This article was originally published Friday, June 14th, but with Thursday’s big rally and gold hitting a 5 ½-year high, many people believe that this was a major upside breakout. I’ll start with the updated chart, which does not convince me – yet – that a breakout is in place. Of course, new information can change that view but we cannot trade based on what has not happened yet.
The daily chart is even more stretched. So, given this new information, the case for a major breakout is now in play but I need to see how the market reacts to its short-term condition. I’m not a buyer today, barring fresh geopolitical news, but a modest pullback to test the breakout would be a better way to play.
And just for further mud, the U.S. dollar index may be on the verge of a short-term breakdown, which will support gold. This is far from confirmed.
Here is the original piece, written a week before the attempted breakout.
A name-brand fund manager now calls for a recession soon and is buying gold. A name-brand invstment bank thinks that economic conditions today are worse than they were during the financial crisis.
Naturally, we would expect the metals markets, with their safe-haven statuses, to be rip roaring higher. But they really are not.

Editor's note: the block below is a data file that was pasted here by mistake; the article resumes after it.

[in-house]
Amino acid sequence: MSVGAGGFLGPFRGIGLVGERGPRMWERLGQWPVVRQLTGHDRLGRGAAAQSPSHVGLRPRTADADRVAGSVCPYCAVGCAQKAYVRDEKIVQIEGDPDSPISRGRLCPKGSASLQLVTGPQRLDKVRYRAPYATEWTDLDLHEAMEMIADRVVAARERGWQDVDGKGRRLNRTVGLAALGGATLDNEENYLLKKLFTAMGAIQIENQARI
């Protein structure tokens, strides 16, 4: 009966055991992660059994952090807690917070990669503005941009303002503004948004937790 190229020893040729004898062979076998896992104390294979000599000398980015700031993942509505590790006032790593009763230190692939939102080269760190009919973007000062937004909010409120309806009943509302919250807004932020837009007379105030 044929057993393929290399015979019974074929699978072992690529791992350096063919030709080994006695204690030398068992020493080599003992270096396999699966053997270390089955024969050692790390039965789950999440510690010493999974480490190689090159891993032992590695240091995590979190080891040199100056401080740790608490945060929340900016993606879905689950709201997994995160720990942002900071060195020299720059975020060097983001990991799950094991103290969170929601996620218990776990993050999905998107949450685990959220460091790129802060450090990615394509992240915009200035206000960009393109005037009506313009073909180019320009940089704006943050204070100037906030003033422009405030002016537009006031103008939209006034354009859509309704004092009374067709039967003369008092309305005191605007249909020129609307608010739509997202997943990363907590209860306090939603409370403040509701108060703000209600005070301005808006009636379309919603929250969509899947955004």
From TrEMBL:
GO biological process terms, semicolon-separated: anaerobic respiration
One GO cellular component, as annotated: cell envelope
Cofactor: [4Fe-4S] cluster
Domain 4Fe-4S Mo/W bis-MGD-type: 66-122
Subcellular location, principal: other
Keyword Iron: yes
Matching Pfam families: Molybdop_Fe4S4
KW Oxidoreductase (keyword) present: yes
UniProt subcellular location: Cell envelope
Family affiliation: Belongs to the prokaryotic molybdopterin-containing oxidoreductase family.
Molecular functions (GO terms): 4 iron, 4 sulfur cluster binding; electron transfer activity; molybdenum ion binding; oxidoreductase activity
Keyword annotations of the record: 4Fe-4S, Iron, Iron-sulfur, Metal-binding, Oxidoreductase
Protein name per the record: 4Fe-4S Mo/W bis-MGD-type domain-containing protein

True, gold has looked pretty strong over the past few weeks thanks to tariffs and trade wars. And it even got the benefit of a short-term trendline breakdown in the U.S. dollar late last month for a little extra juice.
But in the bigger picture, it has not yet really broken out.
This weekly chart shows the market at resistance in the 1350-1385 area. Basically, no breakout – yet.
Now, I can see that a move above resistance will break a six-year basing pattern to the upside and that would have some bullish long-term implications. I could see that targeting as high as 1700, albeit over many months.
So why, then, does silver look so, ahem, tarnished? This market, as well as platinum, has been bumping along the bottom for literally years and that has pushed the gold/silver ratio to a 26-year high.
What does that mean? Honestly, other than silver being cheap relative to gold, I don’t know. More of an interest in hedging with gold vs. the combination hedging/industrial use for silver?
To me, it suggests that with silver weak and gold at resistance, the yellow metal is not about to break out. The ratio could revert somewhat back to the mean with falling gold, staying within the base.
That makes sense when we see the greenback jump up sharply today (June 14). Of course, that move is a single event, not yet a trend although it does look like a continuation higher of the 2019 trend, if not the 2018-2019 trend.
Therefore, I’m still not backing up the truck for gold but then again, if the market changes – a base breakout – then I will change my mind.
….and that, my friends, is the whole point of this update.
Michael Kahn, CMT has been working with charts and technical analysis since 1986 and just finished a long run at Barron's. He is the author of three books on technical analysis published in five languages. His specialty: jargon free analysis accessible to everyone.